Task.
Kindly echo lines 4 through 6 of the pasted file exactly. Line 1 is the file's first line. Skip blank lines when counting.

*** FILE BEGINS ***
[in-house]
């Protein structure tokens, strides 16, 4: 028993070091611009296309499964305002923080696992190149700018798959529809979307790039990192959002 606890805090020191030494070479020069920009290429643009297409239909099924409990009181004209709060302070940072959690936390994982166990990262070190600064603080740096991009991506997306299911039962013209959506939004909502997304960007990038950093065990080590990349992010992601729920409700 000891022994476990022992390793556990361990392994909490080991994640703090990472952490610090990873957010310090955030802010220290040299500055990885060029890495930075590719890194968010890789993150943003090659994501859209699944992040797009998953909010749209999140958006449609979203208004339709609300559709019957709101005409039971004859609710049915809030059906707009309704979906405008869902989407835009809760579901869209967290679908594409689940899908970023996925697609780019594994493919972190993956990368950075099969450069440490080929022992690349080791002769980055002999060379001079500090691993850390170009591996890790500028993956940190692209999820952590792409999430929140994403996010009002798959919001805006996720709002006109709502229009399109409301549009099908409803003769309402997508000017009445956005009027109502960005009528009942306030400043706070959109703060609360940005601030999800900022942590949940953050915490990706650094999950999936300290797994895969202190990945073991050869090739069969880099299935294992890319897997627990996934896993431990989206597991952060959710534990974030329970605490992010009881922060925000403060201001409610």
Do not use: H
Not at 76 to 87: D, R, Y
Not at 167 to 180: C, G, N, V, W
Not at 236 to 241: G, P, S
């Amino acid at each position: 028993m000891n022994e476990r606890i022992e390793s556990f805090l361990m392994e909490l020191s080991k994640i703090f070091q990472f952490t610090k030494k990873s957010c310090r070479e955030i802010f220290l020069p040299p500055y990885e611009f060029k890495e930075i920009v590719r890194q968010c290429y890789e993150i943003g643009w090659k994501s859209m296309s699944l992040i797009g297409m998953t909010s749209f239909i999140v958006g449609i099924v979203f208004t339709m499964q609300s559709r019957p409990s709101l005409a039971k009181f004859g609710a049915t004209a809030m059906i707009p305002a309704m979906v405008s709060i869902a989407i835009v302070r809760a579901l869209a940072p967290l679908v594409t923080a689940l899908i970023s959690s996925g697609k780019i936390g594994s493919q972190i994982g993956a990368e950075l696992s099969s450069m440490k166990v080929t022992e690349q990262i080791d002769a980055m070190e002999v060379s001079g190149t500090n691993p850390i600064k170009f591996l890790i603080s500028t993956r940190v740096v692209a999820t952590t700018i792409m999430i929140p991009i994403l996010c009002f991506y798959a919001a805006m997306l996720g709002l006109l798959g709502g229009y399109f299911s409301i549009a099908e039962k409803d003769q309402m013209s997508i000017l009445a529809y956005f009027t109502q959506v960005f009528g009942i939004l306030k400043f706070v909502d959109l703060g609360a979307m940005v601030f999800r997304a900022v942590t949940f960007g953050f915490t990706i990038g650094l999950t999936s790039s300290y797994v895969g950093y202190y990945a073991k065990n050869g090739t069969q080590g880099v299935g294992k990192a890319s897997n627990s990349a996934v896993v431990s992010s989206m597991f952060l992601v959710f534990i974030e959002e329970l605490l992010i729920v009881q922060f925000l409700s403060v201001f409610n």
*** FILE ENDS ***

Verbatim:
Not at 76 to 87: D, R, Y
Not at 167 to 180: C, G, N, V, W
Not at 236 to 241: G, P, S